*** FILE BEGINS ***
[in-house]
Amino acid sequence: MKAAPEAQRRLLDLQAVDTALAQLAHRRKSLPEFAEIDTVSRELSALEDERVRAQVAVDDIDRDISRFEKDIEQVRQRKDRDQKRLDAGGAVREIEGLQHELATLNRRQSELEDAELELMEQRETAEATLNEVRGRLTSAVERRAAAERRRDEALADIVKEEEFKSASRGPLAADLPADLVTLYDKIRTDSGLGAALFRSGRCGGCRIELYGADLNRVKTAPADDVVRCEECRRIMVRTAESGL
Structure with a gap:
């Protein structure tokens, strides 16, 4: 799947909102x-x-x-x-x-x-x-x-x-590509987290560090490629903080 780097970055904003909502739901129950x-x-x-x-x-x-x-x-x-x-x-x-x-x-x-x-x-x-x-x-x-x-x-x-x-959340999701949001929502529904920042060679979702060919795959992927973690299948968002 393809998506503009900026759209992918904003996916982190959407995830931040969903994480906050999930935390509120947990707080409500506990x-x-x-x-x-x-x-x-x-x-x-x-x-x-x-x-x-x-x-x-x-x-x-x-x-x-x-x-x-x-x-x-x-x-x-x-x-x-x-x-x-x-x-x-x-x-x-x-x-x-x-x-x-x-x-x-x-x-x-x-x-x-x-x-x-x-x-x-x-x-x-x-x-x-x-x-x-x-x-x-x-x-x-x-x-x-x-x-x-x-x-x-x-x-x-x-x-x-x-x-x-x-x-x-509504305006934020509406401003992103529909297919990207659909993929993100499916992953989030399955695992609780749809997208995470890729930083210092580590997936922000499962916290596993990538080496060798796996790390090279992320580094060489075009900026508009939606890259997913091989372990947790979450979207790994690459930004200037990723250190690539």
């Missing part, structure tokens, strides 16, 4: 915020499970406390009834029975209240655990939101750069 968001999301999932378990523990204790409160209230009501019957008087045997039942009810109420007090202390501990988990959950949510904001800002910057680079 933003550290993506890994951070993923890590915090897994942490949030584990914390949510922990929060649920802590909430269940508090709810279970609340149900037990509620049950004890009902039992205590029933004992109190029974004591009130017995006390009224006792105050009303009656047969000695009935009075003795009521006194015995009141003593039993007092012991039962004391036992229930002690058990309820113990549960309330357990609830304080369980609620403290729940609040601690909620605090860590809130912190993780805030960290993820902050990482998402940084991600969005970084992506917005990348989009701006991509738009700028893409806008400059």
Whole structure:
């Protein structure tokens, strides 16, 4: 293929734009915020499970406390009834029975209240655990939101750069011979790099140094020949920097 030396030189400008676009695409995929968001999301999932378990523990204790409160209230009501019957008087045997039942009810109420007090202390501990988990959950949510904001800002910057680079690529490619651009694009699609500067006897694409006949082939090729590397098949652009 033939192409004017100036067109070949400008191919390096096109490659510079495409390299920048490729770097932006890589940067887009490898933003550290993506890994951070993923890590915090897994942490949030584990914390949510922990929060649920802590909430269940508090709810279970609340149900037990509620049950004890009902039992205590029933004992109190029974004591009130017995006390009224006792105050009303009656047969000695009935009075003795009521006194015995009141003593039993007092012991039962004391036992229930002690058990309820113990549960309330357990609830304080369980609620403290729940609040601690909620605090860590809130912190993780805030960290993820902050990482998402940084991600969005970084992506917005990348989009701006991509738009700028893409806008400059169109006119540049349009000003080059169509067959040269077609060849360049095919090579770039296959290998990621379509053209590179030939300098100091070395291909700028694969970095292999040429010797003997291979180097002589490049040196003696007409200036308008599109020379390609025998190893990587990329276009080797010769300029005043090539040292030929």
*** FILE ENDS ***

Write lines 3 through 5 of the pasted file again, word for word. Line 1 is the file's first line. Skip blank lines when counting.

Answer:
Structure with a gap:
């Protein structure tokens, strides 16, 4: 799947909102x-x-x-x-x-x-x-x-x-590509987290560090490629903080 780097970055904003909502739901129950x-x-x-x-x-x-x-x-x-x-x-x-x-x-x-x-x-x-x-x-x-x-x-x-x-959340999701949001929502529904920042060679979702060919795959992927973690299948968002 393809998506503009900026759209992918904003996916982190959407995830931040969903994480906050999930935390509120947990707080409500506990x-x-x-x-x-x-x-x-x-x-x-x-x-x-x-x-x-x-x-x-x-x-x-x-x-x-x-x-x-x-x-x-x-x-x-x-x-x-x-x-x-x-x-x-x-x-x-x-x-x-x-x-x-x-x-x-x-x-x-x-x-x-x-x-x-x-x-x-x-x-x-x-x-x-x-x-x-x-x-x-x-x-x-x-x-x-x-x-x-x-x-x-x-x-x-x-x-x-x-x-x-x-x-x-509504305006934020509406401003992103529909297919990207659909993929993100499916992953989030399955695992609780749809997208995470890729930083210092580590997936922000499962916290596993990538080496060798796996790390090279992320580094060489075009900026508009939606890259997913091989372990947790979450979207790994690459930004200037990723250190690539």
């Missing part, structure tokens, strides 16, 4: 915020499970406390009834029975209240655990939101750069 968001999301999932378990523990204790409160209230009501019957008087045997039942009810109420007090202390501990988990959950949510904001800002910057680079 933003550290993506890994951070993923890590915090897994942490949030584990914390949510922990929060649920802590909430269940508090709810279970609340149900037990509620049950004890009902039992205590029933004992109190029974004591009130017995006390009224006792105050009303009656047969000695009935009075003795009521006194015995009141003593039993007092012991039962004391036992229930002690058990309820113990549960309330357990609830304080369980609620403290729940609040601690909620605090860590809130912190993780805030960290993820902050990482998402940084991600969005970084992506917005990348989009701006991509738009700028893409806008400059």